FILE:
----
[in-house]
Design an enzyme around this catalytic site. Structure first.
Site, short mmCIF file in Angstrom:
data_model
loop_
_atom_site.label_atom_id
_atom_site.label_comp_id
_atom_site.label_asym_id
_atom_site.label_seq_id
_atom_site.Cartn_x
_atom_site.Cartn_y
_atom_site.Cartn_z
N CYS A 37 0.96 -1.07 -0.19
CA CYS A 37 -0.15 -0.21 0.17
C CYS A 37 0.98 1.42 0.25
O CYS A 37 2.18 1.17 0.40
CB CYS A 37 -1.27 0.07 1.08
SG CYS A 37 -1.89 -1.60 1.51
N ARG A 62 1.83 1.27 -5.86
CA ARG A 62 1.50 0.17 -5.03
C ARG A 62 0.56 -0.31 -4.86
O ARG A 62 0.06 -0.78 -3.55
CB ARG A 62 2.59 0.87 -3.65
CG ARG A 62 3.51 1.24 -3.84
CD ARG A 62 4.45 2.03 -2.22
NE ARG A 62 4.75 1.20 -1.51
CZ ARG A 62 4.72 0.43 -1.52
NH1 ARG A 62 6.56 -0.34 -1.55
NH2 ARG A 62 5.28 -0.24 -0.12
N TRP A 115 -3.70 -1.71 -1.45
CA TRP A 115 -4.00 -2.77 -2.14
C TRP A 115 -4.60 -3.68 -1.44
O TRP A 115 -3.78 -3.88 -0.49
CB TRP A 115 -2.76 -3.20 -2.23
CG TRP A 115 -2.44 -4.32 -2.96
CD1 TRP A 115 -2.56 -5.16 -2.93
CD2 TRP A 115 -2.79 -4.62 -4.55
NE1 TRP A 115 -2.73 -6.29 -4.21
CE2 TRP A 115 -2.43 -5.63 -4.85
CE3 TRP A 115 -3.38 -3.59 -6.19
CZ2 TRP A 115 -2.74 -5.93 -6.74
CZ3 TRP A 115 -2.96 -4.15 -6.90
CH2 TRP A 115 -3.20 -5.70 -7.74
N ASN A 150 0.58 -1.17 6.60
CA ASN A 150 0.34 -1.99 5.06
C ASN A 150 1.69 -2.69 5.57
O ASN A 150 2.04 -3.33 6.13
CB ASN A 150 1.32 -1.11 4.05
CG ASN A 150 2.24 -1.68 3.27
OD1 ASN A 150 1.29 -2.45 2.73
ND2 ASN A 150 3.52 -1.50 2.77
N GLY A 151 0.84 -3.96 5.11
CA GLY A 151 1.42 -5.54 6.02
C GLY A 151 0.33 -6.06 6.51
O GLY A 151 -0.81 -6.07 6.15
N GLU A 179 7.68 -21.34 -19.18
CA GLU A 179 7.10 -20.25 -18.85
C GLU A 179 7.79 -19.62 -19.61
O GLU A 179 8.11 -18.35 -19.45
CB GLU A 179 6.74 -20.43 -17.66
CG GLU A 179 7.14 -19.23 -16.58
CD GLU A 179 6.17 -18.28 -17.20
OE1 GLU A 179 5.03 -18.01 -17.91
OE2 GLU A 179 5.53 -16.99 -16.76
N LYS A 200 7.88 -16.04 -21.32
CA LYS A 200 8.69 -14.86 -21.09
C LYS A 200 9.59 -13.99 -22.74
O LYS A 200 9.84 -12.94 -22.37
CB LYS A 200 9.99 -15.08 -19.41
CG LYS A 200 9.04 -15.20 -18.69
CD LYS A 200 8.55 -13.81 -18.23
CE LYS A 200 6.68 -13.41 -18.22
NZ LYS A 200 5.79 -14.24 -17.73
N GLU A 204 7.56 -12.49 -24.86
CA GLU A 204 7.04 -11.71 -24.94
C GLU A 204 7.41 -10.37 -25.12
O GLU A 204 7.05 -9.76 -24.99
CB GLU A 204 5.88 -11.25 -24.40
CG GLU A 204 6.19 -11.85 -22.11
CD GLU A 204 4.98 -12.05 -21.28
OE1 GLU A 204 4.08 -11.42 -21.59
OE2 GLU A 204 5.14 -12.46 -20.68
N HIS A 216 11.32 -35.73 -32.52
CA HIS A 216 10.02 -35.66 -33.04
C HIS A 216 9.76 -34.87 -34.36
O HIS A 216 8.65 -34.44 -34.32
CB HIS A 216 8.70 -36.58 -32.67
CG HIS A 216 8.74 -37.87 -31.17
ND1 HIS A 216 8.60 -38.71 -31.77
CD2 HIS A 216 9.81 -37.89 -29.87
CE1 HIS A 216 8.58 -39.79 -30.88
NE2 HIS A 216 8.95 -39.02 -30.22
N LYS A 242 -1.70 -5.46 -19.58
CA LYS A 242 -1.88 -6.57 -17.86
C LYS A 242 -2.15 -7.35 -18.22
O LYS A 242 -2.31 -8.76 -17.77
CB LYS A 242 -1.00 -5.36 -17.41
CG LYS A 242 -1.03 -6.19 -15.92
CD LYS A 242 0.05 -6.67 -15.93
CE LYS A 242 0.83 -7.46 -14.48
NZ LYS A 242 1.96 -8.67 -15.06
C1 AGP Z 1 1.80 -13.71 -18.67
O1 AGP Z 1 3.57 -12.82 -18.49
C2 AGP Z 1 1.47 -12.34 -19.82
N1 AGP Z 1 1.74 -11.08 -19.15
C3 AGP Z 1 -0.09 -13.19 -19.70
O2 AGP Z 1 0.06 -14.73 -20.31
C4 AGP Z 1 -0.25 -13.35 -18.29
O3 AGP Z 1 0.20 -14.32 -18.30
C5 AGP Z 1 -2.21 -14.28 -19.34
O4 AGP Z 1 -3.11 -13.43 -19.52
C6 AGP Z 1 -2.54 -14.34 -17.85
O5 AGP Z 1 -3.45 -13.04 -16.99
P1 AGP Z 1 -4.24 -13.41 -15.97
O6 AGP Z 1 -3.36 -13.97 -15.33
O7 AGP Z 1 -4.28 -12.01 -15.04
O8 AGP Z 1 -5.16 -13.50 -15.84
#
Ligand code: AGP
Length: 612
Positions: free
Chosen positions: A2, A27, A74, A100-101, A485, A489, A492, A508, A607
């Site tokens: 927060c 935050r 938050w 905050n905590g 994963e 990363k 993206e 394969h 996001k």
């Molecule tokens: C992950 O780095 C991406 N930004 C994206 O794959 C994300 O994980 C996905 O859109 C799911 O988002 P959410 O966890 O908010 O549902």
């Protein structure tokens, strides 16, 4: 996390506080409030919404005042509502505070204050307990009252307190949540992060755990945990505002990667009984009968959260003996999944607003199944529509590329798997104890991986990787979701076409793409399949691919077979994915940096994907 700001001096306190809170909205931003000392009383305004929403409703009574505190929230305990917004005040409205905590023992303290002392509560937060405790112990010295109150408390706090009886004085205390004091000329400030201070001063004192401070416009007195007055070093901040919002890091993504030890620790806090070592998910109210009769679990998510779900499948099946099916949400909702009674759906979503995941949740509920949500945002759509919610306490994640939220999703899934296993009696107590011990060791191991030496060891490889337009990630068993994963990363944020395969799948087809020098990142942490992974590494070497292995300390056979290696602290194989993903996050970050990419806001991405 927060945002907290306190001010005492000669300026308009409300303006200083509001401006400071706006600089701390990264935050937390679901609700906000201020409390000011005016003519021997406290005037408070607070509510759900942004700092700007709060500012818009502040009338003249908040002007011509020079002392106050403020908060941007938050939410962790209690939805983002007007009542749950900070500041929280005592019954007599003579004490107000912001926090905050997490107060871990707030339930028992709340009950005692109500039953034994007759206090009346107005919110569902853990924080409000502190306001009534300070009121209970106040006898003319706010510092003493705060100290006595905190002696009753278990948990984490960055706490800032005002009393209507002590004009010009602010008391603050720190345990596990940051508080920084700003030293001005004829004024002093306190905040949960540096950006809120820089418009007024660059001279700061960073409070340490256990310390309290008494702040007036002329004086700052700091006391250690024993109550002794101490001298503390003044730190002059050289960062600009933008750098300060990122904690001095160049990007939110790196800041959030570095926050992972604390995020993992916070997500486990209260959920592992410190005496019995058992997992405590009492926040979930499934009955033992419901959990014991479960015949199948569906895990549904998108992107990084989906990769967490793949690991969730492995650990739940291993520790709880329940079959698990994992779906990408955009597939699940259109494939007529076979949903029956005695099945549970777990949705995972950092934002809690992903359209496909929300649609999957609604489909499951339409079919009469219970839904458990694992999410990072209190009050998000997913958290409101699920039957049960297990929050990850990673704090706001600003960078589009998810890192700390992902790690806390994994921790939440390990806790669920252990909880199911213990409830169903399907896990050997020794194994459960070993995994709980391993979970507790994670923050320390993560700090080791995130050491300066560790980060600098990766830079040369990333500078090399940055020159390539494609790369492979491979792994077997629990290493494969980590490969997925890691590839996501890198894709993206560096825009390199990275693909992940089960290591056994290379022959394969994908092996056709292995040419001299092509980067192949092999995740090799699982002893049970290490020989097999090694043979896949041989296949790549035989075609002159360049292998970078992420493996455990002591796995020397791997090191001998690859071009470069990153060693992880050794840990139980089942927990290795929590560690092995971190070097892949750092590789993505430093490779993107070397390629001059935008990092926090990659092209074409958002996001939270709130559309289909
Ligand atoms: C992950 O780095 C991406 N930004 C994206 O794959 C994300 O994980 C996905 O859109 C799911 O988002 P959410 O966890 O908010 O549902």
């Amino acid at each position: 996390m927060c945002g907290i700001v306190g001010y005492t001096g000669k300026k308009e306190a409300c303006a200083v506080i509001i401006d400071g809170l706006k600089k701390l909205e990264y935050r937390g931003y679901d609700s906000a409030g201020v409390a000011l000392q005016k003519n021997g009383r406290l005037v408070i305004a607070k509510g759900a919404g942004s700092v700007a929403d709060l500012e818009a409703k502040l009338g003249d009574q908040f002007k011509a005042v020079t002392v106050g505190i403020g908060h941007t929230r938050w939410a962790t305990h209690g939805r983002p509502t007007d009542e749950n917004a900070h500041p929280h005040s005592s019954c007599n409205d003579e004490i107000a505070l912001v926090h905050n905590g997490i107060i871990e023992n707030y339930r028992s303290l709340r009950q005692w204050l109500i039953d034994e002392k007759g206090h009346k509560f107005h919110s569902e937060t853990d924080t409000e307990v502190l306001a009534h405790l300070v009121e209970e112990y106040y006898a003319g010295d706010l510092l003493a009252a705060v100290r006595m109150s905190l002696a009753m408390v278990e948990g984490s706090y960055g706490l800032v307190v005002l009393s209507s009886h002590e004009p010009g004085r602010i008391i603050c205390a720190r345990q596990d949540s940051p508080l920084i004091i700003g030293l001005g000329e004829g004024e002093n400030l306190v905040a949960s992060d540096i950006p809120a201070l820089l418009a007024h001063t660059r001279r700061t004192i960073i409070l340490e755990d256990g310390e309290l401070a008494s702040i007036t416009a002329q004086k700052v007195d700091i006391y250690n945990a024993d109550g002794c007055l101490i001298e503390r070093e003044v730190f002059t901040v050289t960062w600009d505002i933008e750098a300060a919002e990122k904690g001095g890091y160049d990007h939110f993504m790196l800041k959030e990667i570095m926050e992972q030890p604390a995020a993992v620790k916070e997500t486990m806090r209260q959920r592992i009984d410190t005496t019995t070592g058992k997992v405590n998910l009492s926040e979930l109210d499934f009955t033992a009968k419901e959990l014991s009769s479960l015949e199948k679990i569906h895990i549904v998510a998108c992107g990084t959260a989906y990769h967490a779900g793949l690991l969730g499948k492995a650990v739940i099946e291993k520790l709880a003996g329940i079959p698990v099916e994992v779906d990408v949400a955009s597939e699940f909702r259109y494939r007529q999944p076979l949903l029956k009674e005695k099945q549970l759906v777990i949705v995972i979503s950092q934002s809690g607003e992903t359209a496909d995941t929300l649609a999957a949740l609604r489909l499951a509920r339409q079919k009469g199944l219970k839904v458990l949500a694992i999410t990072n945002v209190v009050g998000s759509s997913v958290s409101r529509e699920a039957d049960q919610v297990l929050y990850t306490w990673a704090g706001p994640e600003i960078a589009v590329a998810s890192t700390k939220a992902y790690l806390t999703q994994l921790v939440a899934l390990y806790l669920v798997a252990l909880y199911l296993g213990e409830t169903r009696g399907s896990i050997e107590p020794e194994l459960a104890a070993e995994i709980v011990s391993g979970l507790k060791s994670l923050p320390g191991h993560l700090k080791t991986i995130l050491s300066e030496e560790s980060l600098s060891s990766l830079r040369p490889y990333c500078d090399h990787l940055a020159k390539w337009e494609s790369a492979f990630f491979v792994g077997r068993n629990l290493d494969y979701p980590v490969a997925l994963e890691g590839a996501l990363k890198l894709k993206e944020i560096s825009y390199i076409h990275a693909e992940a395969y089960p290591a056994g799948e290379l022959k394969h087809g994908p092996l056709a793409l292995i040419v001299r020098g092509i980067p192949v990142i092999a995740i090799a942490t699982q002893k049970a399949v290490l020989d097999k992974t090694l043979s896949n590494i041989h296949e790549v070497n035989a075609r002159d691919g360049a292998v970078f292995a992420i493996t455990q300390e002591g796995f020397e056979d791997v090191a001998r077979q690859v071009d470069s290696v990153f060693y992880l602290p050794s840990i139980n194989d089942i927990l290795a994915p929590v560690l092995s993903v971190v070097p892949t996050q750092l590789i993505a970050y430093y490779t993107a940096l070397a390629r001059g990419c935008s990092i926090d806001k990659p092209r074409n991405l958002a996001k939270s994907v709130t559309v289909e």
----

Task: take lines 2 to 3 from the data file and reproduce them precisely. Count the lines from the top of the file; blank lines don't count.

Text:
Design an enzyme around this catalytic site. Structure first.
Site, short mmCIF file in Angstrom: